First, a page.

Archive for December, 2010

What is Wrong with Web-based Networking

Friday, December 24th, 2010

Yahoo Shutting Down Del.icio.us, Ning’s recent abandonment of its free service, and the end of Bloglines are just the most recent examples of why it seems dangerous to rely on proprietary solutions to the problem of data storage for web-based networking – and of the shared bookmarking aspect in particular.

And even without the question of stability, there is the ongoing problem of duplication and overlap – whether it’s Del.icio.us vs Diigo vs PearlTrees for sharing links, or Facebook vs LinkedIn vs whatever for personal newtorking. For me it seems that the time wasted in trying to decide how to use these things is worth more than all of the benefits they provide.

What I would feel much more comfortable with are open source redundantly distributed solutions which share information in a common format (similar to the design of the web itself) – and which somehow seamlessly blend and extend the contents of the various proprietary systems now in place.

Pipedream?

Confounding

Tuesday, December 14th, 2010

Apparently, religion is no more likely than any other kind of group affiliation to be associated with either charity or emotional well-being.

So the argument that religion provides a positive contribution in these areas may like saying that baseball is the medical panacaea because baseball players are healthier than the population average – even though this may only be due to their getting a bit more exercise than the overall population average (but a lot less than they would if they had played soccer instead)

Superman or Supermoms?

Sunday, December 12th, 2010

Davis Guggenheim, director of ‘Waiting for Superman’ has asked for and received some feedback from teachers.

When I saw the film, what struck me as the most invidious distortion (among many) was the failure to acknowledge that the children on whom miracles were being performed came from very special families. They weren’t just selected from the population at random. By lottery yes, but only from those who wanted to do the extra work and had family support in that endeavour. And given their circumstances, the level of support and committment shown by some of those parents was nothing less than miraculous.

With the kind of selection that’s involved, it’s no surprise that the results were better at the special schools – at least for those lucky enough to have the necessary support. But what about the rest? There was actually no evidence given that the KIPP or other special schools would work for them, and taking out the best students and families from the regular schools might just condemn the rest to an even greater rate of failure.

It may be that the KIPP strategy of applying triage to the community is actually the best strategy for overall improvement. And it may be that the current teaching strategies are not optimal for those left behind. But neither of these is demonstrated in the film.

As an ex union member, I must also object to the disgusting ploy of trying to make a political point against unions out of the requirement to discuss and attempt to reach agreement on all aspects of a contract before presenting a unilateral ultimatum to be voted on.

Overall, in the end I felt that the stories of some truly inspiring parents, children, and teachers had been tainted by a dishonest presentation.

Bishop Explains Christmas as Myth

Thursday, December 9th, 2010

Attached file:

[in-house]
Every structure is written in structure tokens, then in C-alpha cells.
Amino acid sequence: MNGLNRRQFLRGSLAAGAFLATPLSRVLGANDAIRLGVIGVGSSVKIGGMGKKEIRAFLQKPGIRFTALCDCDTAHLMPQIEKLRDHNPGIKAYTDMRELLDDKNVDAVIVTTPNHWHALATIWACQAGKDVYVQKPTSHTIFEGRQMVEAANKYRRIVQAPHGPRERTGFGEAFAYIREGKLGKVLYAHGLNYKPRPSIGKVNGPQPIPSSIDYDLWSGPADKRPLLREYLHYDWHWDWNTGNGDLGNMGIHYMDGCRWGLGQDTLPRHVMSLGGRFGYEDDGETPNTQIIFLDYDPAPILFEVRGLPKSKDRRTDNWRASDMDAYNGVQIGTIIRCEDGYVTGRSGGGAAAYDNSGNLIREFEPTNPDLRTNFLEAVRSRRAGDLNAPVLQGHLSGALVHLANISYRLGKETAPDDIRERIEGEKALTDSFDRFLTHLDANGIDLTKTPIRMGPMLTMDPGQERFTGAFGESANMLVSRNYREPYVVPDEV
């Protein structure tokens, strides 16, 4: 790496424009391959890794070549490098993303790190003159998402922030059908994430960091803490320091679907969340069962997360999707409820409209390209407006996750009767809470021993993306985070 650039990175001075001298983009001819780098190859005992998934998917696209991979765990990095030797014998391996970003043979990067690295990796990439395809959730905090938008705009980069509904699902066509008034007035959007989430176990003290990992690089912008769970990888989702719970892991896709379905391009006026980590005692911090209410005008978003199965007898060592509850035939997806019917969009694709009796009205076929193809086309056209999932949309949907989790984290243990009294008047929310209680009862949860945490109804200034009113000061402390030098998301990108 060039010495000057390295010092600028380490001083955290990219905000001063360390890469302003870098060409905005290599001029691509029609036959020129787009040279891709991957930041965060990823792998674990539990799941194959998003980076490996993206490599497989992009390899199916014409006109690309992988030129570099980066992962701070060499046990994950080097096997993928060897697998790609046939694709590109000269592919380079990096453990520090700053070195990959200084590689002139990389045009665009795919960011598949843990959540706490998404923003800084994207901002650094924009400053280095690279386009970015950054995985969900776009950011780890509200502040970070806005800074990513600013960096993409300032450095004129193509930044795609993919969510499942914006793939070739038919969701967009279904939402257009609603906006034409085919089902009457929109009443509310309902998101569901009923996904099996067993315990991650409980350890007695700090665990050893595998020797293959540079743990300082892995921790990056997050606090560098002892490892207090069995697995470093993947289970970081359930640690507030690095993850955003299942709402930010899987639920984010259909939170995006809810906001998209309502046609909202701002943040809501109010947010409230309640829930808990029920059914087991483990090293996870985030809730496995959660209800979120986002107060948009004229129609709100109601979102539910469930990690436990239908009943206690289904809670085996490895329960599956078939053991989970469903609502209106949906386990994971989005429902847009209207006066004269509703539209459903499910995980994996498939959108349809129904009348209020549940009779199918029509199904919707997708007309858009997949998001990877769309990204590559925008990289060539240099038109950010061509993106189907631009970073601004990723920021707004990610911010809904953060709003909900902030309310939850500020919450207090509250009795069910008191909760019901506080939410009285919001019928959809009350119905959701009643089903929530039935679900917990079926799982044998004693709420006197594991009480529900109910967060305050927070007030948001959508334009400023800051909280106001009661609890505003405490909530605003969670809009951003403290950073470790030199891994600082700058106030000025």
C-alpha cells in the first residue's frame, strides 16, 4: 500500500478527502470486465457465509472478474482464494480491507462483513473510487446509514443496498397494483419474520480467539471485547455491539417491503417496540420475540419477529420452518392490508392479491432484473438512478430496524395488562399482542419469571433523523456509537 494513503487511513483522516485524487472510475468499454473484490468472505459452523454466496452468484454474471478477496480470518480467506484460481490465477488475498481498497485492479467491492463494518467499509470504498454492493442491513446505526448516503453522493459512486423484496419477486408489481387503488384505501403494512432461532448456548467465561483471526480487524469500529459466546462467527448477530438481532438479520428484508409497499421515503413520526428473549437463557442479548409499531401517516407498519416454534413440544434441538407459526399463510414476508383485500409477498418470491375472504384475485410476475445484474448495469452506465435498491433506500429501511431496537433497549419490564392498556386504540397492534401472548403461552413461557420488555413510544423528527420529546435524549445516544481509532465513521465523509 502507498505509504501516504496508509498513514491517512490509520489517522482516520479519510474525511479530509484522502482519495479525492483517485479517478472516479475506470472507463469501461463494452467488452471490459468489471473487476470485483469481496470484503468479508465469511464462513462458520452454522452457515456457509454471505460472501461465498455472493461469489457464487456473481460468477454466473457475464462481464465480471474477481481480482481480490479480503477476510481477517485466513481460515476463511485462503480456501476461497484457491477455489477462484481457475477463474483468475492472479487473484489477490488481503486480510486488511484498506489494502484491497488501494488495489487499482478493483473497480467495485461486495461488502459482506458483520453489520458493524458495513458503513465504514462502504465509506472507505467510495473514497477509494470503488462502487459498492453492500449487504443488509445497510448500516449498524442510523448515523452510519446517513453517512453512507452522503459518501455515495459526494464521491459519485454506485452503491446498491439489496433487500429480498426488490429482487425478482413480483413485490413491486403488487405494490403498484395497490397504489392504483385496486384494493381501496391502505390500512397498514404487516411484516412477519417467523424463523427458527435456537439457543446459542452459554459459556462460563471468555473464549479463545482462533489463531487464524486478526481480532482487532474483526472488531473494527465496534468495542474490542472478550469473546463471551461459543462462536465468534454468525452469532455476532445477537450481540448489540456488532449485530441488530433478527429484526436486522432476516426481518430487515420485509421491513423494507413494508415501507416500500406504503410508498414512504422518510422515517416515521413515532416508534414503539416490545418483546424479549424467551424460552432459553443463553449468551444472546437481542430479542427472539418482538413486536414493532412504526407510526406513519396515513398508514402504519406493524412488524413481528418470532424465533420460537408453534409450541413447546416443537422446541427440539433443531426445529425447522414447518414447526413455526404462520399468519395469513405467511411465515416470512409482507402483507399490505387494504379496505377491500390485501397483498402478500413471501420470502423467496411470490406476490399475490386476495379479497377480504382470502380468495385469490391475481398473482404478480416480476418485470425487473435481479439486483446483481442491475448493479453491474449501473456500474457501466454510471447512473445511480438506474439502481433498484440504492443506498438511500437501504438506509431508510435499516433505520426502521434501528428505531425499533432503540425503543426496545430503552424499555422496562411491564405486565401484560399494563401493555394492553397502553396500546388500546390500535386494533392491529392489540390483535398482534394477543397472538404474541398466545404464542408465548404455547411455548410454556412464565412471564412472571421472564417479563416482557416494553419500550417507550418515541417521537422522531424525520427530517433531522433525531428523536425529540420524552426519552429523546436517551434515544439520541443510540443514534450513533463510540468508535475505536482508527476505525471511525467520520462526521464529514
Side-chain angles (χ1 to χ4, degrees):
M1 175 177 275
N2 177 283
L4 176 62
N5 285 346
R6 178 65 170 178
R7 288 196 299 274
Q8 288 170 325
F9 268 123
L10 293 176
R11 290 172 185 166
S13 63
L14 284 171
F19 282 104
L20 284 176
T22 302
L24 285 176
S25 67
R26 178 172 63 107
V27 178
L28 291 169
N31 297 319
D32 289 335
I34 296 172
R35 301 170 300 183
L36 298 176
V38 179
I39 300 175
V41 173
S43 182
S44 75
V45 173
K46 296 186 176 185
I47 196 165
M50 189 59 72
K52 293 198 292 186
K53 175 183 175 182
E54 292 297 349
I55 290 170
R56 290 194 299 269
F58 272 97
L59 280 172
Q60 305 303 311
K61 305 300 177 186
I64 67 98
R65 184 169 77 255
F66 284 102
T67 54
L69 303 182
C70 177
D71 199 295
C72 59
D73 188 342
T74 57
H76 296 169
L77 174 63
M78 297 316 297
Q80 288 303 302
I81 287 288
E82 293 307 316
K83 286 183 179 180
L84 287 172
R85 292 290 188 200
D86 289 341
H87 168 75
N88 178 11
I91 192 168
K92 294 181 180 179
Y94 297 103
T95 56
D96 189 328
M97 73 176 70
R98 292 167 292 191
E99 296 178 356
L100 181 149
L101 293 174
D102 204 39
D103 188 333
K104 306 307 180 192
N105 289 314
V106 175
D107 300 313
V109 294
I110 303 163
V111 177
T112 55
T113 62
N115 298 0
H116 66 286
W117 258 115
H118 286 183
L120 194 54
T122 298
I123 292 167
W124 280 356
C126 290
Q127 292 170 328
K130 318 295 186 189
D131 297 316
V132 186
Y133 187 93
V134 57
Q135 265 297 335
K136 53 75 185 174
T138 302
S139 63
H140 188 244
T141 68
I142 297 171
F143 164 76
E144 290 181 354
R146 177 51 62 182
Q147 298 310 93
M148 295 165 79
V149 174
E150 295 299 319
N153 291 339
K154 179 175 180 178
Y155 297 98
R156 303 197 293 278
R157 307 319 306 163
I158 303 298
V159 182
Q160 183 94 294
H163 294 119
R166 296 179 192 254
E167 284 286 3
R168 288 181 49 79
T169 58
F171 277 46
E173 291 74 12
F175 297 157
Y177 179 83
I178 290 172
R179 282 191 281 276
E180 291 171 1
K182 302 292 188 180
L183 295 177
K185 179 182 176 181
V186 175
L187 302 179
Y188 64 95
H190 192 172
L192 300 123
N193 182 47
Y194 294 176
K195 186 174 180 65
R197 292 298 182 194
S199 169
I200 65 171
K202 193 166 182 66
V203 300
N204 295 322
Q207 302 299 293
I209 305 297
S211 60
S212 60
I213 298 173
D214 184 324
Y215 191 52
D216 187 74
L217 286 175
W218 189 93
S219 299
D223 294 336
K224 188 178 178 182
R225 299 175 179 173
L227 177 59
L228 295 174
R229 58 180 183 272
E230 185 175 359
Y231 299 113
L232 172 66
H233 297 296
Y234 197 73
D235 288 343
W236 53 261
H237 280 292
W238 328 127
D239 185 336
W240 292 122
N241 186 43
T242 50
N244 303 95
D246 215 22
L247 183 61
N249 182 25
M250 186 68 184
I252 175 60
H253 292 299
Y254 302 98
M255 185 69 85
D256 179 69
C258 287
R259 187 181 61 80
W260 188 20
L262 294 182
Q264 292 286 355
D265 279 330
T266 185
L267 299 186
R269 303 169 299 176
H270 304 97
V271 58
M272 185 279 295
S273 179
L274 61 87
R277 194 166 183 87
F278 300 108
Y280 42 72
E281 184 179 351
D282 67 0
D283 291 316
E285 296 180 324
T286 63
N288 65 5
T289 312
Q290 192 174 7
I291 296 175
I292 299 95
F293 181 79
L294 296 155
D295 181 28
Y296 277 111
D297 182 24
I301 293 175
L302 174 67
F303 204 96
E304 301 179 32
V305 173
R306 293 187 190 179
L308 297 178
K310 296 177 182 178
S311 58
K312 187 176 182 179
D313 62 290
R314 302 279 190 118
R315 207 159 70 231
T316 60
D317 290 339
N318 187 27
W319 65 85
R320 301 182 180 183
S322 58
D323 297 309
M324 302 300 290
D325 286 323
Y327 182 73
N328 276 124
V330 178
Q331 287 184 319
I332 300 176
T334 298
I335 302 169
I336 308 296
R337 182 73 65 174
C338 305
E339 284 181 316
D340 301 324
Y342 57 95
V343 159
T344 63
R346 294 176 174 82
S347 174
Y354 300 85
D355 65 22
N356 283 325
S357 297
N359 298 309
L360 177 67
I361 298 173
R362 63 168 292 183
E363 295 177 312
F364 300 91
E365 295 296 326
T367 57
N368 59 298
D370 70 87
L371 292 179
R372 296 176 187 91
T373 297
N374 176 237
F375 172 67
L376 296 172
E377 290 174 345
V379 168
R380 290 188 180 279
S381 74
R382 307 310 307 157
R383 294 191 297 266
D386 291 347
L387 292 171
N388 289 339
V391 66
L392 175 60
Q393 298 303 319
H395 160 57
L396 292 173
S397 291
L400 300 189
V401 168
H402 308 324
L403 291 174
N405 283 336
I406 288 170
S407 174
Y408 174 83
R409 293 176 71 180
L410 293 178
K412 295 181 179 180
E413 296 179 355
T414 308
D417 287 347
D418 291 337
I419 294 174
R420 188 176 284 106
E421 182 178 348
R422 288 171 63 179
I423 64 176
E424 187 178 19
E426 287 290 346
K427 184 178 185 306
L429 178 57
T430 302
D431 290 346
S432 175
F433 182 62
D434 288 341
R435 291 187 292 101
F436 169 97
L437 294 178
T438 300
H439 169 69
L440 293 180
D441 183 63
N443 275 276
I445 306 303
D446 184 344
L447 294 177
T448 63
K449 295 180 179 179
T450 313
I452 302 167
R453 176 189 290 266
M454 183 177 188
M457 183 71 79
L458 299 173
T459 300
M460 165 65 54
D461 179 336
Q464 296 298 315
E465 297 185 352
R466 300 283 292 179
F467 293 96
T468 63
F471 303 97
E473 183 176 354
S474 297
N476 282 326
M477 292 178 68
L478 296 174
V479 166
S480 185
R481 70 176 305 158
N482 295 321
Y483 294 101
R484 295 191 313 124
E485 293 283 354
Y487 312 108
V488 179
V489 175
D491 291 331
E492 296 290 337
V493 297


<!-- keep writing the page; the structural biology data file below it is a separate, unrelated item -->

In his annual Christmas message the Rt Rev John Davies, Bishop of the Church in Wales diocese of Swansea and Brecon, complained about atheists timing their contrary message so as to “coincide with two of the church’s greatest festivals, Christmas and Easter” and claimed that their criticisms were in any case based on a misunderstanding.
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The Chinese Room

Thursday, December 9th, 2010

Stephen Downes links to this notice about three free Philosophy courses from John Searle who is famous for his Chinese Room thought experiment.  Now Searle may be a great teacher, and the ‘Chinese Room’ may be a useful paedagogical device, but I’m afraid I have difficulty respecting any dsicipline which ever in modern times treated it as anything more than that.
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Hitchens on Assange

Wednesday, December 8th, 2010

According to Christopher Hitchens, the WikiLeaks founder is an unscrupulous megalomaniac with a political agenda, and should “turn himself in” in order to accept the consequences of his “civil disobedience”. The character assessment may or may not be true, but Hitchens’ argument that Assange should “turn himself in” on those grounds is nonsense.
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Al Sharpton vs Christopher Hitchens

Wednesday, December 8th, 2010

This old debate (which came up when I looked up Al Sharpton in response to Obama’s use of his name in contrast with James Dobson) is quite good, but Hitchens’ failure to take up Sharpton’s (repeated) invitation to raise things to a higher level is disappointing. (more…)

Obama Speech on Religion

Tuesday, December 7th, 2010

This comes from before he was president. But note that (at 2:30 on the tape) he says “politics involves compromise” and perhaps that is being applied also to the very principles advocated in this speech.

PLENK2010

Monday, December 6th, 2010

Over the last three months I spent a considerable amount of time following the #PLENK2010 Massive Open OnLine Course organized by Dave Cormier, Stephen Downes, Rita Kop, and George Siemens.
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Before I Forget

Monday, December 6th, 2010

This must be everything or else it will be nothing.
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